Chicagoland

Young girl starts charity for kids with hair loss

By Joyce Duriga | Editor
November 9, 2017

Young girl starts charity for kids with hair loss

Rosie Quinn, now 6, was diagnosed with alopecia, an autoimmune condition that attacks hair follicles and results in baldness, when she was 3. With the help of her parents, she began designing her own head scarves. Soon she wanted to share them with other children who have lost their hair, and the family started "Coming Up Rosies" a charity run by Rosie and her mother, Paula Quinn. Rosie is a student at St. Clement School in Lincoln Park.
Rosie Quinn, 6, poses with a kit that allows children with cancer to design their own head scarves. Rosie was diagnosed with alopecia, an autoimmune condition that attacks hair follicles and results in baldness, when she was 3. With the help of her parents, she began designing her own head scarves. Soon she wanted to share them with other children who have lost their hair, and the family started "Coming Up Rosies" a charity run by Rosie and her mother, Paula Quinn. Rosie is a student at St. Clement School in Lincoln Park. (Karen Callaway/Chicago Catholic)
Rosie Quinn, 6, puts together a kit for a child with cancer to design his or her own head scarf. (Karen Callaway/Chicago Catholic)
One of Rosie's head scarf designs. (Karen Callaway/Chicago Catholic)
One of Rosie's head scarf designs. (Karen Callaway/Chicago Catholic)
Rosie Quinn, 6, helps her mother, Paula Quinn, put together a kit for a child with hair loss to design his or her own head scarf. (Karen Callaway/Chicago Catholic)
Paula Quinn helps her daughter Rosie, 6, assemble a head-scarf kit. (Karen Callaway/Chicago Catholic)
Paula and Rosie Quinn assemble kits that will allow children with hair loss to design their own head scarves. (Karen Callaway/Chicago Catholic)
Rosie Quinn, 6, displays one of her scarf designs and a kit that will be sent to a child with hair loss so he or she can design a scarf. (Karen Callaway/Chicago Catholic)

One of the first things you notice about Rosie Quinn is that she doesn’t have hair. That observation is soon eclipsed by the 6-year-old’s energetic and charming personality. 

Rosie, a first-grader at St. Clement School on the North Side, lost her hair at 2½ to alopecia, a condition that changes  the immune system attacks hair follicles. It can cause patches of baldness on a person’s head or complete baldness, which is the case with Rosie. There is no cure. 

“We embraced it,” said Rosie’s mother, Paula Quinn. The family has even created a charity to help “other bald kids,” as Rosie explained.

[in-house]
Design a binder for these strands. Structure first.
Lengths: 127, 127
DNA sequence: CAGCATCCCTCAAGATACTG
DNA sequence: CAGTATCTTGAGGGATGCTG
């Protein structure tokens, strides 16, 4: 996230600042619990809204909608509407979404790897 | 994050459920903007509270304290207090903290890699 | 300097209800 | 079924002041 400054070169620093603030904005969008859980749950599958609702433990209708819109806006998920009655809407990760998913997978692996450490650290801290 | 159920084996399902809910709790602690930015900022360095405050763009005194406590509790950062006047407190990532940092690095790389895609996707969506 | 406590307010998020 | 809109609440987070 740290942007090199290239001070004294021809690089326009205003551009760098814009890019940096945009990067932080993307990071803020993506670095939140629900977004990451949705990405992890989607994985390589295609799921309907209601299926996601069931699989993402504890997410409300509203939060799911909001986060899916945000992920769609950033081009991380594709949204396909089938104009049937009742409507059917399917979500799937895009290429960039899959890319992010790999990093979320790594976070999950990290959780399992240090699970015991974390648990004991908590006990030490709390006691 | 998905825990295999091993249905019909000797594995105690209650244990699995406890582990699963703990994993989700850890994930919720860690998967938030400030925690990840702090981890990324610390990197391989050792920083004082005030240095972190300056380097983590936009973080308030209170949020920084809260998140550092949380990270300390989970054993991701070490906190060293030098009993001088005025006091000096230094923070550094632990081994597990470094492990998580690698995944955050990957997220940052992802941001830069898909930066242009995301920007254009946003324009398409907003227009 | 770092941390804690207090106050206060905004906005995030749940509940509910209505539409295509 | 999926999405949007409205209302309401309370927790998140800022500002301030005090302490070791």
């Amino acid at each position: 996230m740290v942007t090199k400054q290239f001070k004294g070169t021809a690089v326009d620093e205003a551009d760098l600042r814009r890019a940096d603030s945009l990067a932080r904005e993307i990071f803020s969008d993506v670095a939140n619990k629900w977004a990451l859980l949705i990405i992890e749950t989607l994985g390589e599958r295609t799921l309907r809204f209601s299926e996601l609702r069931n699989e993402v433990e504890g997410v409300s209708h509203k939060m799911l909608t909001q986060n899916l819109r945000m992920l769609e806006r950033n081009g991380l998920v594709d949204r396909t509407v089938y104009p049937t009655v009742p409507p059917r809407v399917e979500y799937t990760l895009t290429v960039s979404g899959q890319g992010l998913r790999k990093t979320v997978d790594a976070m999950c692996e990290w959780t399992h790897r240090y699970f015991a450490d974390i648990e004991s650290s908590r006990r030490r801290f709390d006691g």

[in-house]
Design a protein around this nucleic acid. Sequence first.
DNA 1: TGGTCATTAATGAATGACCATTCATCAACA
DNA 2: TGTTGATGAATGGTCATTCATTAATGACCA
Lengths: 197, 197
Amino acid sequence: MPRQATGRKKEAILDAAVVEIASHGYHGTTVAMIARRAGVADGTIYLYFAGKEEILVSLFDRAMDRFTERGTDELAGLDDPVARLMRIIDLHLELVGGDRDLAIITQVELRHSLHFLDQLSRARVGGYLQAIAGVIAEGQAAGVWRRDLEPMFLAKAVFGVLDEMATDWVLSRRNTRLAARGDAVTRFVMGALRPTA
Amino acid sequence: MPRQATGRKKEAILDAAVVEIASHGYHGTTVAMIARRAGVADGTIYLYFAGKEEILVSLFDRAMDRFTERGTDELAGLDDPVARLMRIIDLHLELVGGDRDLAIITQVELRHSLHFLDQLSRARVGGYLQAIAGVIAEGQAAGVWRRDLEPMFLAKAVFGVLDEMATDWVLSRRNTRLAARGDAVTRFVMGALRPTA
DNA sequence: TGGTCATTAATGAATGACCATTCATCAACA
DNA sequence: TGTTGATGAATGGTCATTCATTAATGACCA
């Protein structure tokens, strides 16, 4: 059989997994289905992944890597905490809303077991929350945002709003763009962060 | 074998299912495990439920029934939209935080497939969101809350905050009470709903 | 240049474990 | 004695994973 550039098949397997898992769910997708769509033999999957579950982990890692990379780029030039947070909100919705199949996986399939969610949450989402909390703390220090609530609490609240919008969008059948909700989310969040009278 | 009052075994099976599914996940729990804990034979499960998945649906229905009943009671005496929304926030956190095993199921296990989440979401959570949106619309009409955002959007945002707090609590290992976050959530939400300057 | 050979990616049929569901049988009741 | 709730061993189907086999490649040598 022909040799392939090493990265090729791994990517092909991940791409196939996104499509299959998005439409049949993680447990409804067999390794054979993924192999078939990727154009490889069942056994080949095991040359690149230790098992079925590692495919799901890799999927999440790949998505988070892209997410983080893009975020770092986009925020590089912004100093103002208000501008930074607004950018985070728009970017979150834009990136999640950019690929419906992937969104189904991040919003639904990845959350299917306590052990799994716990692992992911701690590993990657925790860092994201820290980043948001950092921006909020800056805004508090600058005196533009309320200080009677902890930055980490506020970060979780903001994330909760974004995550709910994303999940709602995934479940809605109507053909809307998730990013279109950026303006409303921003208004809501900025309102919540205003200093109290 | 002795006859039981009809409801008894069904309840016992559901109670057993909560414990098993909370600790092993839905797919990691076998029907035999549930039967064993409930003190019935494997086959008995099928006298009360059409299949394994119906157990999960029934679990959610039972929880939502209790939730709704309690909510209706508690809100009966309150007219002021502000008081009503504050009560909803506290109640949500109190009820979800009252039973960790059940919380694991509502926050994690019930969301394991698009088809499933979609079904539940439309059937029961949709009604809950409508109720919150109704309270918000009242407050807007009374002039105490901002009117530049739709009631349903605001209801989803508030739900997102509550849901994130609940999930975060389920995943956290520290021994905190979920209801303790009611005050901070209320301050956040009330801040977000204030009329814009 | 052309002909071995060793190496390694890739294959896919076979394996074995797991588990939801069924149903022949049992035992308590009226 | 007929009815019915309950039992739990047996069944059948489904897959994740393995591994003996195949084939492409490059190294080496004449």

After losing her hair, Rosie didn’t want to wear anything to cover up her head. But every time the family would go out, people, mostly children, would point and stare and ask Rosie why she didn’t have any hair or if she was a boy or a girl. 

“At first Rosie would say ‘My hair’s on vacation. It fell out.’ She was really bubbly about it,” Quinn said. But after time, “it was getting annoying.”

That’s when she came up with the idea of a head scarf. Since Rosie loves to paint, her mother, who worked for Google at the time, looked in to having one of her original creations printed on material for a scarf. 

“My husband, Larry, and I noticed that whenever she did a painting she was just beaming with pride,” Quinn said. “We just wanted to transfer that pride into her appearance, because it is a little challenging when you have a glaring difference. We all have differences but some are more obvious than others.” 

Quinn connected with Shockwaves Promotional Apparel in Arlington Heights, who, using a custom dyeing process, transferred Rosie’s design to material. Quinn took Rosie to pick up the first scarf.

“I gave it to her and she goes right to the mirror, and she’s looking at it and thinks it’s great and five seconds later she says, ‘I want to give this to the bald kids,’” Quinn recalled.

“I wore it and I loved it. I loved it so much I wanted to give it to the children who have cancer and alopecia. I figured if it’s helping other children I’ll do it,” Rosie said. 

That’s when the begging began. Rosie begged her mother for months to quit her job and start a charity with her that would get head scarves to kids in hospitals.

“She quit her job and we started this company,” Rosie said. “And every day it gets bigger and bigger.”

That charity is Coming Up Rosies, and it sells preprinted head and neck scarves made from Rosie’s paintings, the proceeds of which cover the costs of producing scarf-making kits for children in hospitals. Each kit includes a handwritten note from Rosie, paints, brushes and a blank canvas. 

After a child paints the canvas, parents can email Quinn a photo of the image, which she has printed on a head scarf and returned to the child. 

From the first month they were operating, Coming Up Rosies has continued to grow. Quinn never thought it would happen.

“Life just kind of throws you curve balls and we’re making lemonade,” Quinn said. “Out of lemons,” Rosie filled in.

“Once I saw it, it inspired me because I figured if there’s just, like, kids sitting around the hospital then what’s the point if they just sit around there hopeless and they don’t get to do anything fun like play around in their beds or anything,” Rosie told the Chicago Catholic. “So I decided to give it to the bald kids because, of course, they all love painting, probably.”

For more information or to order scarves, visit www.cominguprosies.com.

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